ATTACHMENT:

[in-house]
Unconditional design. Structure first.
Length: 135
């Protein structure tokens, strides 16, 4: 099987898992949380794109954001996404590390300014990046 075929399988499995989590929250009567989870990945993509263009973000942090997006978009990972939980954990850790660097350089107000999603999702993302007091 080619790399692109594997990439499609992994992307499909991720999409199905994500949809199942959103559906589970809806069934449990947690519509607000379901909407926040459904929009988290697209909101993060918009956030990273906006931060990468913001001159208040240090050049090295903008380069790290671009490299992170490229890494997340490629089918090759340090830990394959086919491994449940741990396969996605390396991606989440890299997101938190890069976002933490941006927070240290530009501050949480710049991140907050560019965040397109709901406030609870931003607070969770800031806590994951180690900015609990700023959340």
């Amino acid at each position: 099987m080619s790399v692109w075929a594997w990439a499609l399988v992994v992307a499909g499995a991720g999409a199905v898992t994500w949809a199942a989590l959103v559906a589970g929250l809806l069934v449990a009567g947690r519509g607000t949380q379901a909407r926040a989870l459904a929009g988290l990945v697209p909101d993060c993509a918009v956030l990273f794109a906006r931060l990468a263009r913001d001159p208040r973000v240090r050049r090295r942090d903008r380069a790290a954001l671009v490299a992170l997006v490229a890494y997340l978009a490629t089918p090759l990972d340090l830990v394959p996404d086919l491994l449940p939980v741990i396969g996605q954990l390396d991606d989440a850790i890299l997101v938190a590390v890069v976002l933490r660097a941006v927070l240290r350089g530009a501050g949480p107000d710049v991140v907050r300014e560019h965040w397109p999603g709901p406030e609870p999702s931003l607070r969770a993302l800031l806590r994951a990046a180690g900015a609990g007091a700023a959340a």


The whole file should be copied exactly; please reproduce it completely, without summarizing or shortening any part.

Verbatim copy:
[in-house]
Unconditional design. Structure first.
Length: 135
């Protein structure tokens, strides 16, 4: 099987898992949380794109954001996404590390300014990046 075929399988499995989590929250009567989870990945993509263009973000942090997006978009990972939980954990850790660097350089107000999603999702993302007091 080619790399692109594997990439499609992994992307499909991720999409199905994500949809199942959103559906589970809806069934449990947690519509607000379901909407926040459904929009988290697209909101993060918009956030990273906006931060990468913001001159208040240090050049090295903008380069790290671009490299992170490229890494997340490629089918090759340090830990394959086919491994449940741990396969996605390396991606989440890299997101938190890069976002933490941006927070240290530009501050949480710049991140907050560019965040397109709901406030609870931003607070969770800031806590994951180690900015609990700023959340």
């Amino acid at each position: 099987m080619s790399v692109w075929a594997w990439a499609l399988v992994v992307a499909g499995a991720g999409a199905v898992t994500w949809a199942a989590l959103v559906a589970g929250l809806l069934v449990a009567g947690r519509g607000t949380q379901a909407r926040a989870l459904a929009g988290l990945v697209p909101d993060c993509a918009v956030l990273f794109a906006r931060l990468a263009r913001d001159p208040r973000v240090r050049r090295r942090d903008r380069a790290a954001l671009v490299a992170l997006v490229a890494y997340l978009a490629t089918p090759l990972d340090l830990v394959p996404d086919l491994l449940p939980v741990i396969g996605q954990l390396d991606d989440a850790i890299l997101v938190a590390v890069v976002l933490r660097a941006v927070l240290r350089g530009a501050g949480p107000d710049v991140v907050r300014e560019h965040w397109p999603g709901p406030e609870p999702s931003l607070r969770a993302l800031l806590r994951a990046a180690g900015a609990g007091a700023a959340a």